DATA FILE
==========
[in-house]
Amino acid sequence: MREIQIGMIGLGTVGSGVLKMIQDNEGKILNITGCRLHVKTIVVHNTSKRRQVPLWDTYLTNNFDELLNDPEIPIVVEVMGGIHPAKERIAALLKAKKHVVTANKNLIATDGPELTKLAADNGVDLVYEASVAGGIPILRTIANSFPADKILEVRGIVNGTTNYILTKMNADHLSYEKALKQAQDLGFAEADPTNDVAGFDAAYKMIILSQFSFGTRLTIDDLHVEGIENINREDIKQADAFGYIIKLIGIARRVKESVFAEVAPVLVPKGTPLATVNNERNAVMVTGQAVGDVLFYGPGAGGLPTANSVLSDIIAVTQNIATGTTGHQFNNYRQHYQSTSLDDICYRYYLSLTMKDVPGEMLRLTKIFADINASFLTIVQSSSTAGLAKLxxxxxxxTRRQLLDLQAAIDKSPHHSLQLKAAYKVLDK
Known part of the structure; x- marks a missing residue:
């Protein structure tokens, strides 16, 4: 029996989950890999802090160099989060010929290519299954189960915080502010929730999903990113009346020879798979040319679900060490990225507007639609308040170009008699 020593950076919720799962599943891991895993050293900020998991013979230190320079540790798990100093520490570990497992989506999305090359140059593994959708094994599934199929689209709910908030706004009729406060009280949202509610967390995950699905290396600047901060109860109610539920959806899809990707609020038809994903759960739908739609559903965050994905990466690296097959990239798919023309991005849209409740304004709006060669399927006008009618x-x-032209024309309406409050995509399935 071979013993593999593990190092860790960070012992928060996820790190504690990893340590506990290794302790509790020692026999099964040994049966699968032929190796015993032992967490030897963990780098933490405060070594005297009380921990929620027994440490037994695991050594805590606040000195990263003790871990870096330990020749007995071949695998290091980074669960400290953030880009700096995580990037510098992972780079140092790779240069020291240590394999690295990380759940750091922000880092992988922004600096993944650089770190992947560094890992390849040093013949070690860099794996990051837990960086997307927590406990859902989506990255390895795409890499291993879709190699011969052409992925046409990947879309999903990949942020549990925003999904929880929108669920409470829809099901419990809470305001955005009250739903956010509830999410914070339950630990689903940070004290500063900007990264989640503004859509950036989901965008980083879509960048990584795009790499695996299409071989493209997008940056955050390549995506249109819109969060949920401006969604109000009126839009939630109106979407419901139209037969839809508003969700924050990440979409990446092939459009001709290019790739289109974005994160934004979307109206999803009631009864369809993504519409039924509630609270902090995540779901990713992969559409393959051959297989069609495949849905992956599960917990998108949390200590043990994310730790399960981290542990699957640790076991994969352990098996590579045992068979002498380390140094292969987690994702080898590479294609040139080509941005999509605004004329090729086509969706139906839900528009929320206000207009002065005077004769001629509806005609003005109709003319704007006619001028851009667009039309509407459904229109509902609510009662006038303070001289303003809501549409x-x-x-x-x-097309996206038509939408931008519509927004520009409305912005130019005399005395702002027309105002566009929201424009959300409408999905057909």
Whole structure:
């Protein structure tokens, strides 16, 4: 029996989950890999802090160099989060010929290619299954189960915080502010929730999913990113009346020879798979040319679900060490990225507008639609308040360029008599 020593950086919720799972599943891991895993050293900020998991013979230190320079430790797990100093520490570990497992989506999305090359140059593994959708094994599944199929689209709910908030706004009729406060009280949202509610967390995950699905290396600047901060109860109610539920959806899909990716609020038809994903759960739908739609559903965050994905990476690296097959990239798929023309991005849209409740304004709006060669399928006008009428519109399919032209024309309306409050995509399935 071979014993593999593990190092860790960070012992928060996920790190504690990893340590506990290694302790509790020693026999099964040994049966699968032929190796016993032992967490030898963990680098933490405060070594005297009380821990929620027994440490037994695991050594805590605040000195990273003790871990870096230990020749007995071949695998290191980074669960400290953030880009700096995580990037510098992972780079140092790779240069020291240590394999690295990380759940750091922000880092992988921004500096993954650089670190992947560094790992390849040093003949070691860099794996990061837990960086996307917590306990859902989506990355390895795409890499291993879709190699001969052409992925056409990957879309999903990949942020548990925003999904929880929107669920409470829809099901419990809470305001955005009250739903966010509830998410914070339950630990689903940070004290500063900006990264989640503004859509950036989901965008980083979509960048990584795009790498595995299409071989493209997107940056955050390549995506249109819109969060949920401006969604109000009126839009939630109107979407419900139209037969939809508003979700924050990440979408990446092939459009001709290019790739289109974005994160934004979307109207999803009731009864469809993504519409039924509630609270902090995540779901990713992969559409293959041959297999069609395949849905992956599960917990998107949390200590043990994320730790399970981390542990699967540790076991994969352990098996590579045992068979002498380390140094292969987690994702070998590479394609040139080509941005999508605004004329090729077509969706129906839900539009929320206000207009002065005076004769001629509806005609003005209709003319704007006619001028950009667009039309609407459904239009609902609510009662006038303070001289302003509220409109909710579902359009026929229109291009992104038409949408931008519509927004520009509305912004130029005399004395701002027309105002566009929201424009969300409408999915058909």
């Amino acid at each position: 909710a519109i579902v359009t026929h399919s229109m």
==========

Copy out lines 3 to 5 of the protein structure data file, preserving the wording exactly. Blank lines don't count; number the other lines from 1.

Known part of the structure; x- marks a missing residue:
């Protein structure tokens, strides 16, 4: 029996989950890999802090160099989060010929290519299954189960915080502010929730999903990113009346020879798979040319679900060490990225507007639609308040170009008699 020593950076919720799962599943891991895993050293900020998991013979230190320079540790798990100093520490570990497992989506999305090359140059593994959708094994599934199929689209709910908030706004009729406060009280949202509610967390995950699905290396600047901060109860109610539920959806899809990707609020038809994903759960739908739609559903965050994905990466690296097959990239798919023309991005849209409740304004709006060669399927006008009618x-x-032209024309309406409050995509399935 071979013993593999593990190092860790960070012992928060996820790190504690990893340590506990290794302790509790020692026999099964040994049966699968032929190796015993032992967490030897963990780098933490405060070594005297009380921990929620027994440490037994695991050594805590606040000195990263003790871990870096330990020749007995071949695998290091980074669960400290953030880009700096995580990037510098992972780079140092790779240069020291240590394999690295990380759940750091922000880092992988922004600096993944650089770190992947560094890992390849040093013949070690860099794996990051837990960086997307927590406990859902989506990255390895795409890499291993879709190699011969052409992925046409990947879309999903990949942020549990925003999904929880929108669920409470829809099901419990809470305001955005009250739903956010509830999410914070339950630990689903940070004290500063900007990264989640503004859509950036989901965008980083879509960048990584795009790499695996299409071989493209997008940056955050390549995506249109819109969060949920401006969604109000009126839009939630109106979407419901139209037969839809508003969700924050990440979409990446092939459009001709290019790739289109974005994160934004979307109206999803009631009864369809993504519409039924509630609270902090995540779901990713992969559409393959051959297989069609495949849905992956599960917990998108949390200590043990994310730790399960981290542990699957640790076991994969352990098996590579045992068979002498380390140094292969987690994702080898590479294609040139080509941005999509605004004329090729086509969706139906839900528009929320206000207009002065005077004769001629509806005609003005109709003319704007006619001028851009667009039309509407459904229109509902609510009662006038303070001289303003809501549409x-x-x-x-x-097309996206038509939408931008519509927004520009409305912005130019005399005395702002027309105002566009929201424009959300409408999905057909």
Whole structure: